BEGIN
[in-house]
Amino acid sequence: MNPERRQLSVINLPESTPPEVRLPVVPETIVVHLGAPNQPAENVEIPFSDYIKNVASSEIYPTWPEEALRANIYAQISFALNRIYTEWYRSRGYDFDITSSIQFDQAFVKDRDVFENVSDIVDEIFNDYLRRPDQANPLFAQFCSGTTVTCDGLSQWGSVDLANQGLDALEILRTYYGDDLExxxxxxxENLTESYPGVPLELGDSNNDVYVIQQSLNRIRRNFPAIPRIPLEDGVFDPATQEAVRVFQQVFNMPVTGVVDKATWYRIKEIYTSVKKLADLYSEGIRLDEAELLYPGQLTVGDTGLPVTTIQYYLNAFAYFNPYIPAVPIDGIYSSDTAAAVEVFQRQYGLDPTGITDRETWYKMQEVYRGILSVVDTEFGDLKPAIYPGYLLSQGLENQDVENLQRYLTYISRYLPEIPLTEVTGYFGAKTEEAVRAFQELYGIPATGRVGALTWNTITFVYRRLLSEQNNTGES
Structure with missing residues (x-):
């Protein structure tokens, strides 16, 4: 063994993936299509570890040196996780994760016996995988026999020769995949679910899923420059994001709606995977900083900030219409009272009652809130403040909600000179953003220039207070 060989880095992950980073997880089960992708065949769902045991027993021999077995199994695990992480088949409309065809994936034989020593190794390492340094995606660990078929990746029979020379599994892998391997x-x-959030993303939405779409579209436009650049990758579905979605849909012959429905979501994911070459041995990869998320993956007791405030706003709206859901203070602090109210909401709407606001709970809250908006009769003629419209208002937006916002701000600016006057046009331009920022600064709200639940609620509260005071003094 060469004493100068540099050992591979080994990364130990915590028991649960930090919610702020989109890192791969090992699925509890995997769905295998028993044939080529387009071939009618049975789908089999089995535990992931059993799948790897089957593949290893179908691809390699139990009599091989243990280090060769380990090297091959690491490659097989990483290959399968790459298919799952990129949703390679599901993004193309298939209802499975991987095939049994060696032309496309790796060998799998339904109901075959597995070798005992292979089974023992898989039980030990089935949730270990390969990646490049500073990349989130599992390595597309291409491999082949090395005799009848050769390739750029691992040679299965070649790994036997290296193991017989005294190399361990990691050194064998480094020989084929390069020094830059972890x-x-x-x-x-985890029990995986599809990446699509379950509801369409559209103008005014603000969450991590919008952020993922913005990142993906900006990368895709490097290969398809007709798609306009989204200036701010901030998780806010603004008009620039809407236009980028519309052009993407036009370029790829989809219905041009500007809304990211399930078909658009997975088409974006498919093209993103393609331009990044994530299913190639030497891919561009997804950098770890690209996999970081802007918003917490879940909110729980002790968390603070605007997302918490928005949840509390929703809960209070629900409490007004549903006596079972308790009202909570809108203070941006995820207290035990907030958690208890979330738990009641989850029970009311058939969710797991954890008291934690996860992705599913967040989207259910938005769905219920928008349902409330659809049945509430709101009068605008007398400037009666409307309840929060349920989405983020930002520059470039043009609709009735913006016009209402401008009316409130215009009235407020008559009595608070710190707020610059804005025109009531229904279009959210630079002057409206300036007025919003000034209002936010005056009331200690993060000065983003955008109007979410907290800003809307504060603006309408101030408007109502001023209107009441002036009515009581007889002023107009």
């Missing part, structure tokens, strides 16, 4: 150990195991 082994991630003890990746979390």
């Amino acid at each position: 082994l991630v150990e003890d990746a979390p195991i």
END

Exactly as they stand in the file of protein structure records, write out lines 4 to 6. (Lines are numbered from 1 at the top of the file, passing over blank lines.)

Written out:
């Protein structure tokens, strides 16, 4: 063994993936299509570890040196996780994760016996995988026999020769995949679910899923420059994001709606995977900083900030219409009272009652809130403040909600000179953003220039207070 060989880095992950980073997880089960992708065949769902045991027993021999077995199994695990992480088949409309065809994936034989020593190794390492340094995606660990078929990746029979020379599994892998391997x-x-959030993303939405779409579209436009650049990758579905979605849909012959429905979501994911070459041995990869998320993956007791405030706003709206859901203070602090109210909401709407606001709970809250908006009769003629419209208002937006916002701000600016006057046009331009920022600064709200639940609620509260005071003094 060469004493100068540099050992591979080994990364130990915590028991649960930090919610702020989109890192791969090992699925509890995997769905295998028993044939080529387009071939009618049975789908089999089995535990992931059993799948790897089957593949290893179908691809390699139990009599091989243990280090060769380990090297091959690491490659097989990483290959399968790459298919799952990129949703390679599901993004193309298939209802499975991987095939049994060696032309496309790796060998799998339904109901075959597995070798005992292979089974023992898989039980030990089935949730270990390969990646490049500073990349989130599992390595597309291409491999082949090395005799009848050769390739750029691992040679299965070649790994036997290296193991017989005294190399361990990691050194064998480094020989084929390069020094830059972890x-x-x-x-x-985890029990995986599809990446699509379950509801369409559209103008005014603000969450991590919008952020993922913005990142993906900006990368895709490097290969398809007709798609306009989204200036701010901030998780806010603004008009620039809407236009980028519309052009993407036009370029790829989809219905041009500007809304990211399930078909658009997975088409974006498919093209993103393609331009990044994530299913190639030497891919561009997804950098770890690209996999970081802007918003917490879940909110729980002790968390603070605007997302918490928005949840509390929703809960209070629900409490007004549903006596079972308790009202909570809108203070941006995820207290035990907030958690208890979330738990009641989850029970009311058939969710797991954890008291934690996860992705599913967040989207259910938005769905219920928008349902409330659809049945509430709101009068605008007398400037009666409307309840929060349920989405983020930002520059470039043009609709009735913006016009209402401008009316409130215009009235407020008559009595608070710190707020610059804005025109009531229904279009959210630079002057409206300036007025919003000034209002936010005056009331200690993060000065983003955008109007979410907290800003809307504060603006309408101030408007109502001023209107009441002036009515009581007889002023107009």
């Missing part, structure tokens, strides 16, 4: 150990195991 082994991630003890990746979390």
């Amino acid at each position: 082994l991630v150990e003890d990746a979390p195991i």